AG drug removal is thought to be greatest with CVVHDF (significant solute removal by both diffusion and convection), followed by continuous venovenous hemofiltration (CVVH) (significant solute removal by convection) and intermittent HD (predominantly diffusion).
In peritonitis, AG should be given intraperitoneally.
Both are predominantly excreted by kidneys.
When given IV, both agents are nephrotoxic and ototoxic, but teicoplanin is less nephrotoxic.
Nephrotoxicity is thought to involve oxidative stress. Use of vitamin E and N-acetyl cysteine has been suggested to ameliorate vancomycin-induced nephrotoxicity.
Nephrotoxic risks include underlying kidney injury, concurrent use of nephrotoxic drugs, prolonged therapy, and high plasma levels.
Dialysis vancomycin dosing of 1 g can maintain plasma level above minimum inhibitory concentration (>15 µg/mL) for 3 to 5 days. Of note, trough levels >15 µg/mL are associated with greater nephrotoxicity. Random level monitoring may be used to determine the timing of subsequent doses among patients with renal replacement therapy or advanced kidney disease not on scheduled dosing.
Most (penicillins, cephalosporins, carbapenems, monobactams) require dose reduction in CKD. β-Lactams are commonly combined with β-lactamase inhibitors (e.g., clavulanate, sulbactam, tazobactam, avibactam) to minimize antibiotic resistance and improve activity spectrum. Dose adjustment for combination drugs must take into account different metabolism rates of both agents. Whereas rates of metabolism of both agents in ampicillin/sulbactam and piperacillin/tazobactam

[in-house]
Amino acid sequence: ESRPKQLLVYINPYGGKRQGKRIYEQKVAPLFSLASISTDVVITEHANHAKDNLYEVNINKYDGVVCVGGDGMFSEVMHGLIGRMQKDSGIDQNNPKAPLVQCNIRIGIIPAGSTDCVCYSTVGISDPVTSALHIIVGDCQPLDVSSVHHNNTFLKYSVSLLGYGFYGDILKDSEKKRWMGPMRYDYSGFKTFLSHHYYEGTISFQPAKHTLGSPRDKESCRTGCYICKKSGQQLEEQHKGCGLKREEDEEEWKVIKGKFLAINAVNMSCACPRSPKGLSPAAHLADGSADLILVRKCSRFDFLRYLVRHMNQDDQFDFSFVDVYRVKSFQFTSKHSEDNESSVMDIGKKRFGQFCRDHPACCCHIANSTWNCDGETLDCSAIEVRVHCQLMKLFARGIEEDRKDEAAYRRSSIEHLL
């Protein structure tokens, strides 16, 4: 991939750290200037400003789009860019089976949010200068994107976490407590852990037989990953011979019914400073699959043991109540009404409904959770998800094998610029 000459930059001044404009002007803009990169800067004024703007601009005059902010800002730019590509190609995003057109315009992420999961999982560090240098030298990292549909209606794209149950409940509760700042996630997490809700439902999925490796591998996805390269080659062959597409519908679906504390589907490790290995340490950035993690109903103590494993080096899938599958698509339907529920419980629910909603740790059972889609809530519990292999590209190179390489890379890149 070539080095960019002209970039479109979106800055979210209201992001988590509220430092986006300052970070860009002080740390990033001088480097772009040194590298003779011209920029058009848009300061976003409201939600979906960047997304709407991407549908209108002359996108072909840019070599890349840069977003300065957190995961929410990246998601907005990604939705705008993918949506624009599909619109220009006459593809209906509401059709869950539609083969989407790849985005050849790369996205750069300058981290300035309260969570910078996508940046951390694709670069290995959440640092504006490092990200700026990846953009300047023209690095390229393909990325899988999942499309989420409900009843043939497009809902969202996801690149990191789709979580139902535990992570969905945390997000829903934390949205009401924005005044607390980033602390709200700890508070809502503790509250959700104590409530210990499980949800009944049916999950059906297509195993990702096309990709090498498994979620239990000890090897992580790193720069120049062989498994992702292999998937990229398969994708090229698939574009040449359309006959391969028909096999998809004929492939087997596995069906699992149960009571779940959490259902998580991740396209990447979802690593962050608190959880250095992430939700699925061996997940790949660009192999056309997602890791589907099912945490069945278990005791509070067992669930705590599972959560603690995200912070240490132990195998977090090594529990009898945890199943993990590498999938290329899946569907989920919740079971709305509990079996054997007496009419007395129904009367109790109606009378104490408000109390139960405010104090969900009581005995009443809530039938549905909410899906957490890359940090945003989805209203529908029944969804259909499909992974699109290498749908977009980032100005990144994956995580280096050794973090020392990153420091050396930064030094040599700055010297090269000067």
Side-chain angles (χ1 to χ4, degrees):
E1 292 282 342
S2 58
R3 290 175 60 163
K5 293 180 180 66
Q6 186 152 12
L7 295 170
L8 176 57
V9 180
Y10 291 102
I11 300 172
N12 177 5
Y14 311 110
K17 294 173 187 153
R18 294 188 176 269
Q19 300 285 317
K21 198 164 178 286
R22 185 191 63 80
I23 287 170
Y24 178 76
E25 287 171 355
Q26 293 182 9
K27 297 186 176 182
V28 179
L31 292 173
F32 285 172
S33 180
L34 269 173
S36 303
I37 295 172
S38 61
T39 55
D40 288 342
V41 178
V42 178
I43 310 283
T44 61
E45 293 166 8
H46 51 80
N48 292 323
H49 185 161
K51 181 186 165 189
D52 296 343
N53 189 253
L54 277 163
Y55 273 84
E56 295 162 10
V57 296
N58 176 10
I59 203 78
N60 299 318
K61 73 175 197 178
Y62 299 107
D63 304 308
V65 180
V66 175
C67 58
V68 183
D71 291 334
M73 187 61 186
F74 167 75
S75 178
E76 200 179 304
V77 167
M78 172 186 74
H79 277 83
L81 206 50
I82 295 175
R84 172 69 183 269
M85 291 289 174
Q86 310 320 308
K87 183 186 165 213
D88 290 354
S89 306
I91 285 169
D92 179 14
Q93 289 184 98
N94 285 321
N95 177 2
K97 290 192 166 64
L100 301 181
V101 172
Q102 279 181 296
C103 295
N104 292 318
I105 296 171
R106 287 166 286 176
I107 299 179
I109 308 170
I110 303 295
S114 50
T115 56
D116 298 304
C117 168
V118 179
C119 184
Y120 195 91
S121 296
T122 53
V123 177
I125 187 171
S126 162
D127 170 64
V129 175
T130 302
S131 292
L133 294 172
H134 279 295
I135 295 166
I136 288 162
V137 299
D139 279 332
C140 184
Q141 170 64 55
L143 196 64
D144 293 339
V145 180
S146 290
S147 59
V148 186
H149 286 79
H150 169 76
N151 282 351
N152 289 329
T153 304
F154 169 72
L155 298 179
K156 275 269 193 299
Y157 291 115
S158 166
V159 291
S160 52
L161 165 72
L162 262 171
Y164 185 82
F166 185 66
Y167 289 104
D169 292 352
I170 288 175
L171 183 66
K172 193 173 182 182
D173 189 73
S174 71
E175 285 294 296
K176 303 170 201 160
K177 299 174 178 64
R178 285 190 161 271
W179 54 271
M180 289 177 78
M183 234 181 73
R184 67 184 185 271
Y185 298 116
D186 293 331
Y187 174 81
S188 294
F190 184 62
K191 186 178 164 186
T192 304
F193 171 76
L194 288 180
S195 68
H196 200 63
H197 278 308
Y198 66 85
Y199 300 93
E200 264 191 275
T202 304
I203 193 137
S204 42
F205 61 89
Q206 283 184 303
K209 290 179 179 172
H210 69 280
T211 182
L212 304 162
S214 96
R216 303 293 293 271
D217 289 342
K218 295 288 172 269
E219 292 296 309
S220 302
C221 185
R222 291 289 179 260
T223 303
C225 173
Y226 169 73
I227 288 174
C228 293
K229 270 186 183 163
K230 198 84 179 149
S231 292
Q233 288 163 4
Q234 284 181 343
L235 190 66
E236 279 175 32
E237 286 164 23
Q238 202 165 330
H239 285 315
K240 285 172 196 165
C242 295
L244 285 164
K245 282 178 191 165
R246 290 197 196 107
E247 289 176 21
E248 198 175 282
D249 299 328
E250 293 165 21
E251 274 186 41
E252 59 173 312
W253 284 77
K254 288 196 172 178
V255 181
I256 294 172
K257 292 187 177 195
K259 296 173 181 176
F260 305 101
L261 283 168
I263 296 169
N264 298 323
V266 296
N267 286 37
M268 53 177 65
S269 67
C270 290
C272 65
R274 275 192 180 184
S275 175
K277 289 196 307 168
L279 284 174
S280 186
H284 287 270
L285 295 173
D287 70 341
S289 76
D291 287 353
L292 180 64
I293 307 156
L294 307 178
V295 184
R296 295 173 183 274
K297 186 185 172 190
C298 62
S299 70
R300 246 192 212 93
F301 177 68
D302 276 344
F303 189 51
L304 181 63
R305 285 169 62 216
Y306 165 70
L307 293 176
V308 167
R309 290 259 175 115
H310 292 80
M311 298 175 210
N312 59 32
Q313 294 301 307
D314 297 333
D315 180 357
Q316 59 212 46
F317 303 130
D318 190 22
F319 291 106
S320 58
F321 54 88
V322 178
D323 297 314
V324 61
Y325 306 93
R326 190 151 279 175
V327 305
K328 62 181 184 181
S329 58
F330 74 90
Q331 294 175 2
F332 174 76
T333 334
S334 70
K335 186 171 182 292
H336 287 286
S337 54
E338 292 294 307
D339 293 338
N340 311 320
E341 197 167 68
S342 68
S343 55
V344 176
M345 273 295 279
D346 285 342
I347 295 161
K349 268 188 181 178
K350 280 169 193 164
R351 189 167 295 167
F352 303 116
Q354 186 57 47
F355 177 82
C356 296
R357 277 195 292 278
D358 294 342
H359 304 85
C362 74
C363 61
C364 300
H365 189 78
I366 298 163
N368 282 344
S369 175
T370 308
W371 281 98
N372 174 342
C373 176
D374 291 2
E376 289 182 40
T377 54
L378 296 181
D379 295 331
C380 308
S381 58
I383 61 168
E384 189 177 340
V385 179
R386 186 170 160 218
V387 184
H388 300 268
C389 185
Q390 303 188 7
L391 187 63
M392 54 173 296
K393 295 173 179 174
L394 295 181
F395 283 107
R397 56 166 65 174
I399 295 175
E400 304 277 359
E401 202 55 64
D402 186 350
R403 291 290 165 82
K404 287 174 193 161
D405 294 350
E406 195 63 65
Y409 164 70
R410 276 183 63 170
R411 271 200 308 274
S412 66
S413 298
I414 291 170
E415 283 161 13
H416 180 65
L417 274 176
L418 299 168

are similar, clavulanate metabolism is much faster than that for ticarcillin in the ticarcillin/clavulanate combination.
Unlike AG, most β-lactams have short half-life and no postantibiotic effect. Dose reduction is generally preferred over frequency reduction.
Sulfonamides are typically combined with trimethoprim.
Both are renally excreted. However, alkaline urine enhances the excretion of sulfamethoxazole, whereas acidic urine promotes trimethoprim excretion.
Both accumulate in patients with reduced GFR and dosage adjustment is recommended.
Sulfonamides are excreted following acetylation. Acetylated sulfonamides may crystallize in tubular lumen and cause kidney injury, particularly with cumulative dose >84 g. Good hydration and alkalinization may be both preventive and therapeutic.
Sulfonamides may also cause tubulointerstitial nephritis.
Trimethoprim may inhibit tubular secretion of creatinine and may cause a rise in serum creatinine without actually causing kidney injury.
Trimethoprim may block the epithelial sodium channel (ENaC) and cause both hyperkalemia and metabolic acidosis.
Rifamycins are predominantly hepatically metabolized and do not require renal dose adjustments..
Rifamycins may cause orange-reddish discoloration of body fluids, such as urine, effusions, and PD fluids.
Rifampin may cause various renal lesions, including acute tubular necrosis (ATN), acute tubulointerstitial nephritis (ATIN), light-chain proteinuria, and even rapidly progressive glomerulonephritis (RPGN). Intermittent use (e.g., noncompliant patient) is associated with ATN, with or without interstitial infiltrations, hemolysis, and thrombocytopenia. Continuous use is associated with light-chain proteinuria and RPGN.
Rifampin is a potent CYP3A4 inducer and can cause subtherapeutic concentrations and treatment failure of various drugs, including calcineurin inhibitors (CNIs) (cyclosporine [CsA], tacrolimus [Tac]), mammalian target of rapamycin (mTOR) inhibitors (sirolimus, everolimus), corticosteroids, and statins. Significant dose increase of affected drugs is generally required.
Ciprofloxacin, norfloxacin, and gatifloxacin are significantly cleared by the kidneys and must be dose reduced for GFR below 30 mL/min.
Moxifloxacin is only 20% renally excreted and does not require dose adjustment.
Quinolones may cause nonspecific CNS symptoms, including headaches, dizziness, restlessness, tremors, and kidney injury from interstitial nephritis, crystalluria.